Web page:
Here’s a little blurb on the difference between a fight and battery (since you seem to need some education on that front).

    What is the difference between fighting and battering?
    Arguments, disagreements and differences of opinion are parts of normal relationships. What distinguishes an abusive relationship is an ongoing pattern of disproportionate control and coercion. The “fight” is not between people of equal power, but occurs within a relationship in which there is an imbalance of power and the use of abusive control tactics by one party.

    And if you think that scene was violent and unwarranted, I guess you live in a land of lilies and roses that the rest of us “real people” don’t dwell in.

    And PS, I’m sure the writers know what they’re doing with Mr. Shue. Every character in this show has their flaws and their strengths (that’s why we find out about Sue’s sister) and I don’t think there’s any pretense that Will’s an examplar of any sort (that’s why he’s stuck as a Spanish teacher with a shrill wife and why he ends up having to dig change out of his own pocket because even the principal owns him).

  3. GOP Says:

    I don’t think the writers are as hung up with Will being the “moral center” as you believe. Remember, this is an individual who blackmailed Finn into joining the group by pretending to find marijuana in the students locker. He also has a tendency to project his own goals on the kids- like you mentioned earlier with song choices. I believe the show does have him firmly in the camp of “good guy”, but it’s a less concrete position.

  4. Sadako Says:

    “First off, disabled family members are not automatic get of being an asshole free card.”

    So true. This is one of my pet peeves, too.

    There’s actually a whole Frasier ep I love about it where Frasier doesn’t want to hurt this annoying guy’s feelings by saying he doesn’t feel like being friends because of the guy’s personality so he tells him it’s because of the wheelchair and all of Cafe Nervosa yells at him for being intolerant.

  5. Sasha-feather Says:

    This post has been included in a linkspam at access-fandom. Thank you!

  6. gnatalby Says:

    @DukeLaw:

    Wow, thanks for the mansplaining, my poor little lady brain was too overwhelmed. It’s possible to care both about real life and the culture we consume– practically every website I read talked about the Tiger Woods situation, but perhaps you don’t venture out past MRA websites too much.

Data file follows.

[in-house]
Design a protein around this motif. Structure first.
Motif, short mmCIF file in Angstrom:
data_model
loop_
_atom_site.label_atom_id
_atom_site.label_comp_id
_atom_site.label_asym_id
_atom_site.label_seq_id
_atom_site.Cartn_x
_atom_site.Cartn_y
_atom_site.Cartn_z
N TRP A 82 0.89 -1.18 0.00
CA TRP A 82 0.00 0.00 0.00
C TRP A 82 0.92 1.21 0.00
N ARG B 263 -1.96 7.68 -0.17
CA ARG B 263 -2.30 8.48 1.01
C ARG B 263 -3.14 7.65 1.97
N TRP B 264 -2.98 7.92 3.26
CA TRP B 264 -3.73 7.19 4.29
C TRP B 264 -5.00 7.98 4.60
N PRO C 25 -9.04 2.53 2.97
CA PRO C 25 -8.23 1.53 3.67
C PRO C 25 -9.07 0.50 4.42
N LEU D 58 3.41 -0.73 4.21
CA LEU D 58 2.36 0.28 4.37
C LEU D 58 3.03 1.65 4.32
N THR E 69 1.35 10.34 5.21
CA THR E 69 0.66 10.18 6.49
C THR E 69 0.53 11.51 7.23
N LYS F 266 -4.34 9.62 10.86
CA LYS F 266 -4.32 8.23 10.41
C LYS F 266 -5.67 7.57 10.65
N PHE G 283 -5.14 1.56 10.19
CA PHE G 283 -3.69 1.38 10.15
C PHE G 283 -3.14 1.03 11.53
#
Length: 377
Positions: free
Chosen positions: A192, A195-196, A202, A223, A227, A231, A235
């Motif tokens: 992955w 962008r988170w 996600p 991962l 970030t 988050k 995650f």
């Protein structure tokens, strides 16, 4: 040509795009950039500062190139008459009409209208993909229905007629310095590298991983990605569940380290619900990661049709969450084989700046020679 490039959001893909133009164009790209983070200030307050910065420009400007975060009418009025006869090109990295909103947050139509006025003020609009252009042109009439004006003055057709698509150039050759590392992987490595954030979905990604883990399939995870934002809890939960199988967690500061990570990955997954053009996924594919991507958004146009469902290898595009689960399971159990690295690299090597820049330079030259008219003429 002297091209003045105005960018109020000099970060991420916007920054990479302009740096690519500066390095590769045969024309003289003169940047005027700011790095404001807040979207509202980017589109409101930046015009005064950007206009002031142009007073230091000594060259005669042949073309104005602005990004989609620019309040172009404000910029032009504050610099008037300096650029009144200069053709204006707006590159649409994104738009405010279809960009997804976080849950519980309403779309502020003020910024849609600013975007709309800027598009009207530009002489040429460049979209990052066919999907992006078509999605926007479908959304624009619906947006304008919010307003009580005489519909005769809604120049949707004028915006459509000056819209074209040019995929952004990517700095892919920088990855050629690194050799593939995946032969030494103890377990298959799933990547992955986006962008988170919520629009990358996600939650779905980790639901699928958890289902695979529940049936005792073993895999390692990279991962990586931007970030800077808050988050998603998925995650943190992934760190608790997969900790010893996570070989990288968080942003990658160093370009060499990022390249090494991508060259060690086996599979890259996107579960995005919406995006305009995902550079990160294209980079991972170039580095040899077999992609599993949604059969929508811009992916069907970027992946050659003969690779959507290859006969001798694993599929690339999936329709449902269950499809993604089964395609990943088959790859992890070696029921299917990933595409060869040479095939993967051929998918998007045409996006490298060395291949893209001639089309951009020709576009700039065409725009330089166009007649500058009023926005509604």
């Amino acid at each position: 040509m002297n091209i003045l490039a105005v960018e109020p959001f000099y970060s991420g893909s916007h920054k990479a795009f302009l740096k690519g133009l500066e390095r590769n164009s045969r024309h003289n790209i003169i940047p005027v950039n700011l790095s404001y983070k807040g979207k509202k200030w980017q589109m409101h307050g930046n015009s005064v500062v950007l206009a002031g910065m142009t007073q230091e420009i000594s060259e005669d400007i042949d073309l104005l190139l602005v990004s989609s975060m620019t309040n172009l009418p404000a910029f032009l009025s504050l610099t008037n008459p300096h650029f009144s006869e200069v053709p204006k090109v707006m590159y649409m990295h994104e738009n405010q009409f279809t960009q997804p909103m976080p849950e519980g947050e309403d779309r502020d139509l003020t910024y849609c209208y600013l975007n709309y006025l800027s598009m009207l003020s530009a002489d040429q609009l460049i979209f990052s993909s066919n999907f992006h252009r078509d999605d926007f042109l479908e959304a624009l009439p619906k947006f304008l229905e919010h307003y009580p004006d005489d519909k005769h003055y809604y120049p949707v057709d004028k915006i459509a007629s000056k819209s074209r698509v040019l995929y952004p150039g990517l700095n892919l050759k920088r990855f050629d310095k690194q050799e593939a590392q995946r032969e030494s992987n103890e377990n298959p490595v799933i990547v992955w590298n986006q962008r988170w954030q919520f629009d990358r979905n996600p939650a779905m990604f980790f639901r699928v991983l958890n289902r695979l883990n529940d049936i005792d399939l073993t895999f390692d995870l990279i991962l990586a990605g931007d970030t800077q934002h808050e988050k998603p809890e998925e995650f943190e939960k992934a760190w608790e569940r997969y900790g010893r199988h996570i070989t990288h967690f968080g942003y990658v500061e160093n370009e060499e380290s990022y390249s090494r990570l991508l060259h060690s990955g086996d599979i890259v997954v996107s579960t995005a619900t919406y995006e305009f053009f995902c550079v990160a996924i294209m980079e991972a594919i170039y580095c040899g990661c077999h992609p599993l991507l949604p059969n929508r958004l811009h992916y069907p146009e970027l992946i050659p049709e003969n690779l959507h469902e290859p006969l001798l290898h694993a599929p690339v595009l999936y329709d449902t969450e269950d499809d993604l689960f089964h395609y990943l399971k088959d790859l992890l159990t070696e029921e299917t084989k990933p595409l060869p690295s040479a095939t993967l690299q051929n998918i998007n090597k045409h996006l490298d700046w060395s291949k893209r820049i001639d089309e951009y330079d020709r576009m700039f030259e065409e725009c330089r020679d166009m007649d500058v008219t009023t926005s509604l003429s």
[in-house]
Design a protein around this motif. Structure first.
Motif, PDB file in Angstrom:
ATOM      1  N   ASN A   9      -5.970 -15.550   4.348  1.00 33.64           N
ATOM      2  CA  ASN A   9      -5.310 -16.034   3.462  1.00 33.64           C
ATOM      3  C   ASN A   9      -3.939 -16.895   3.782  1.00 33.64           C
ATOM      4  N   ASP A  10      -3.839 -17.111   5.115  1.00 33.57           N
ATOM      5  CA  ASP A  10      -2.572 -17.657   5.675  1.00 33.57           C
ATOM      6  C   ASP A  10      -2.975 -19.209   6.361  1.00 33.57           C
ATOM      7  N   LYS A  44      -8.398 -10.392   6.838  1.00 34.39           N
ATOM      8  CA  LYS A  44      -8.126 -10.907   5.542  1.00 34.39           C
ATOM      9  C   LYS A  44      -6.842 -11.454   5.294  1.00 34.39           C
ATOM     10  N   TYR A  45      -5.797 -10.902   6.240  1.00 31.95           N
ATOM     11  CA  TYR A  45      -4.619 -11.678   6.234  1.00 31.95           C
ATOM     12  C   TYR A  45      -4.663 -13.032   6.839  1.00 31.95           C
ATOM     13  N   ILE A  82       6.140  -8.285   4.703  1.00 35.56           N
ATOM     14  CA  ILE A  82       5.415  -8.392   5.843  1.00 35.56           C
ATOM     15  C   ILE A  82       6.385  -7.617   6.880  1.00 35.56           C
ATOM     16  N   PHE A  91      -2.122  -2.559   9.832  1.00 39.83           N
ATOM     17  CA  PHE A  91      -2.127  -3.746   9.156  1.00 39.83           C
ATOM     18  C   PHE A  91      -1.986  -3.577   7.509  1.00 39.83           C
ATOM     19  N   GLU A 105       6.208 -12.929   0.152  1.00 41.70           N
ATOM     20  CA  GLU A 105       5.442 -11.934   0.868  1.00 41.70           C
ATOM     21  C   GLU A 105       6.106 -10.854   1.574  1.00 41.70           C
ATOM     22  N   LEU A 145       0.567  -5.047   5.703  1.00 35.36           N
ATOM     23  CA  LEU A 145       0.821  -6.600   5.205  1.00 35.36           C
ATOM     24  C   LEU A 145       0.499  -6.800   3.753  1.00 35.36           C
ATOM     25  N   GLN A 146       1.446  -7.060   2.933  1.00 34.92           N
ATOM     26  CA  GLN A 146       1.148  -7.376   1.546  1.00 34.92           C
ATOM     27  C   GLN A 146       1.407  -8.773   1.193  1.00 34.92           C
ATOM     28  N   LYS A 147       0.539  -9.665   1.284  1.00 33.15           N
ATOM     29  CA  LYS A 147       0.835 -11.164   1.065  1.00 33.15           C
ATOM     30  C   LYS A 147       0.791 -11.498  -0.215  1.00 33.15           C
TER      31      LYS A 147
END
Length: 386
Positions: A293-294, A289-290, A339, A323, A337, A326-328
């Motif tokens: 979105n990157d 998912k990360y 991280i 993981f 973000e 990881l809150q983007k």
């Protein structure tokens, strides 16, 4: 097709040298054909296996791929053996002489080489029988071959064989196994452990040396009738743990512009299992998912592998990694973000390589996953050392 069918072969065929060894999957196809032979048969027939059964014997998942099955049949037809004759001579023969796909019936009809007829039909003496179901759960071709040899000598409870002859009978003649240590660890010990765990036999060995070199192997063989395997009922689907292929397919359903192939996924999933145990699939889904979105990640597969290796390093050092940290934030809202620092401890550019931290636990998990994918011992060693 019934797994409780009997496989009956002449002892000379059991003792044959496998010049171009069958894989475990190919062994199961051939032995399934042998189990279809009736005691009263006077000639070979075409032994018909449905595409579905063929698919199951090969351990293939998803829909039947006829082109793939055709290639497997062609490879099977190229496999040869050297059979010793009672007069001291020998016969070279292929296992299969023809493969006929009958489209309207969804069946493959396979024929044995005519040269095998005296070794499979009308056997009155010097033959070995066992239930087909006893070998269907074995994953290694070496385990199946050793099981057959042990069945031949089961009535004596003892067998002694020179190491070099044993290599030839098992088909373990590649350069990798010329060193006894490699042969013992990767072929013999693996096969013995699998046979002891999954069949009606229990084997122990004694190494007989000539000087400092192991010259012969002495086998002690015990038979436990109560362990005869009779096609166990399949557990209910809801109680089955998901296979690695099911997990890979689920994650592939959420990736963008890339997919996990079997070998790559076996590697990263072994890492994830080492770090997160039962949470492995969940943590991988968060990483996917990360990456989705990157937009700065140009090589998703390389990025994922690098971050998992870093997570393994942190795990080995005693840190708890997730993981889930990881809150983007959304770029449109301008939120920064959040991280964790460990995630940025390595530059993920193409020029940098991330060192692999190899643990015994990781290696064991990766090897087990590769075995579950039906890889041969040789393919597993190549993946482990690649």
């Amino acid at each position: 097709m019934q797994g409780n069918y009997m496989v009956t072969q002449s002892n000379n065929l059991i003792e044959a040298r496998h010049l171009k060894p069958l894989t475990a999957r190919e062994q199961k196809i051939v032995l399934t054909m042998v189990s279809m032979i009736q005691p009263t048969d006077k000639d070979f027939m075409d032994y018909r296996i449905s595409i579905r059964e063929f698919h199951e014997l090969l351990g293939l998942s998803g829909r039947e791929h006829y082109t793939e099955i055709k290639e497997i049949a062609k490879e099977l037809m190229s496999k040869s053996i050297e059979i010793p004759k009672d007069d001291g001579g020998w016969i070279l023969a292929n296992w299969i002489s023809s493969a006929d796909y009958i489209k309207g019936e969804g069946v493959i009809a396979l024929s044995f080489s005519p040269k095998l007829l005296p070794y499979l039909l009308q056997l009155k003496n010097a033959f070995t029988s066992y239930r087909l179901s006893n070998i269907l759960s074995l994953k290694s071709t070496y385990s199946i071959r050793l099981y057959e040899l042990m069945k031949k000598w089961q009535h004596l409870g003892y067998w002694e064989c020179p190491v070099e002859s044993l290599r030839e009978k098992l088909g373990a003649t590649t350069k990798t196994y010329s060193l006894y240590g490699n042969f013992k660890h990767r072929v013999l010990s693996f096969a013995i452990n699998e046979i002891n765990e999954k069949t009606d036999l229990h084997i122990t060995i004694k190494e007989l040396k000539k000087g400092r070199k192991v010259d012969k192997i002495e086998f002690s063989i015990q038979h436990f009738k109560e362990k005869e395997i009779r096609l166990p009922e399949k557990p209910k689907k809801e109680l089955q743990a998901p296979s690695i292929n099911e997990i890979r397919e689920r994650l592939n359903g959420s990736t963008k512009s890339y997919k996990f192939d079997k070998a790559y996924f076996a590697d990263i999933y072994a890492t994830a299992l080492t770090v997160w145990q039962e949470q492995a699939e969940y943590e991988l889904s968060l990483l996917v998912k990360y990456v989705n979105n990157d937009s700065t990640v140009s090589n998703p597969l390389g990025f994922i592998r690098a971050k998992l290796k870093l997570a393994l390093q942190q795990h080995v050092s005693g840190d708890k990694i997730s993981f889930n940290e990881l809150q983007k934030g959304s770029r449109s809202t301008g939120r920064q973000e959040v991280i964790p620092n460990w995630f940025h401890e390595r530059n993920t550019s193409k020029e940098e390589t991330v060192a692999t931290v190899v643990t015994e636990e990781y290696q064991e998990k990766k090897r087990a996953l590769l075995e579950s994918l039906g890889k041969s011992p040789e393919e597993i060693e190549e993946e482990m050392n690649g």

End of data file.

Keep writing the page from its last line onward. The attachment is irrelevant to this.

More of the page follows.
When a man rips the clothes off his wife and pins her to the wall that is a violent behavior that goes beyond what should be occurring in marriage. If not having that happen in my relationships means I live in “a land of lillies and roses” (which um…. lillies and roses do exist in the land in which I live….) then I guess that’s that.

    Sorry your expectations are so low.

  7. gnatalby Says:

    @GOP:

    Good points about Will, I *had* forgotten how he got Finn to join the Club.

    I find that I compare Glee a lot of Murphy’s other show that’s on right now, Nip/Tuck. On Nip/Tuck everyone is horrible, which means they can get away with a lot because it’s very clear that none of these people is a role model.

    I think Glee was in this mold at the beginning, which is part of why I fell in love with it, but then it started doing things that made me think of it as a more standard moralistic show, like having very special disability episodes.

  8. gnatalby Says:

    @Sasha: Thank you!

    @Sadako: I love Frasier and that episode sounds great!

  9. attack_laurel Says:

    Followed you from Shakesville. :)

    I find I frequently have to get up and do something else while my husband watches Glee (I love the music, but the behaviour of the characters winds me up emotionally), in part because the damn series can’t decide what it is. Is it outright satire, like Parks and Recreation? Or is it a feel-good comedy, like Community?

    (My favourite shows right now, natch.)

    The characters are all caricatures, circling around what supposed to be the only “real” character, but he’s as bad as any of them, then he’s good, then he’s an asshole, then… If they’re all parodies, they’re not consistent enough, since they keep trying for sympathy. If they’re supposed to be real, they fail utterly, especially since every woman on the show is completely one-dimensional and awful (and in that vein, the Sue subplot doesn’t work, and I totally agree with the “not a get-out-of-assholishness-free card” statement).

    But oh my word, I did absolutely love Kurt’s version of “Defying Gravity” – so much, I have it on my shuffle, and have been listening to it constantly. Of course, Rachel gets the solo, because she always gets the solo, but seems utterly unaware of the fact, since every attempt to give the solo to someone else results in her sulking as if it was her only chance, ever (one of the reasons I can’t watch – it’s too mean to do that to her character, as even the most drama-licious of the drama girls I knew in school understood that sometimes someone else deserves a chance).

    And DukeLaw? Nothing happens in a vacuum. Social commentary on the fiction we produce in a culture that glorifies violence and sees real-life violence as tabloid entertainment is relevant. Nice derailing attempt, though – you get the “but there are more important things to worry about!” bingo square.

  10. gnatalby Says:

    I love Kurt’s “Defying Gravity” it gives me chills, and I thought the episode attached did a good job of showing why that song is relevant to his life, not to Rachel’s, although she got the solo in the end.

    I totally agree about the women on Glee. I think the first or second time I wrote about it I talked about how the partners of the main character guys– Terri and Quinn– are both horrible and manipulative in this specific weird way of pandering to guys who think women are out to trap you and steal your money while keeping you from true happiness. It’s basically a high five coming out of the tv to be like, “Right Bro? Girlfriends are the worst.”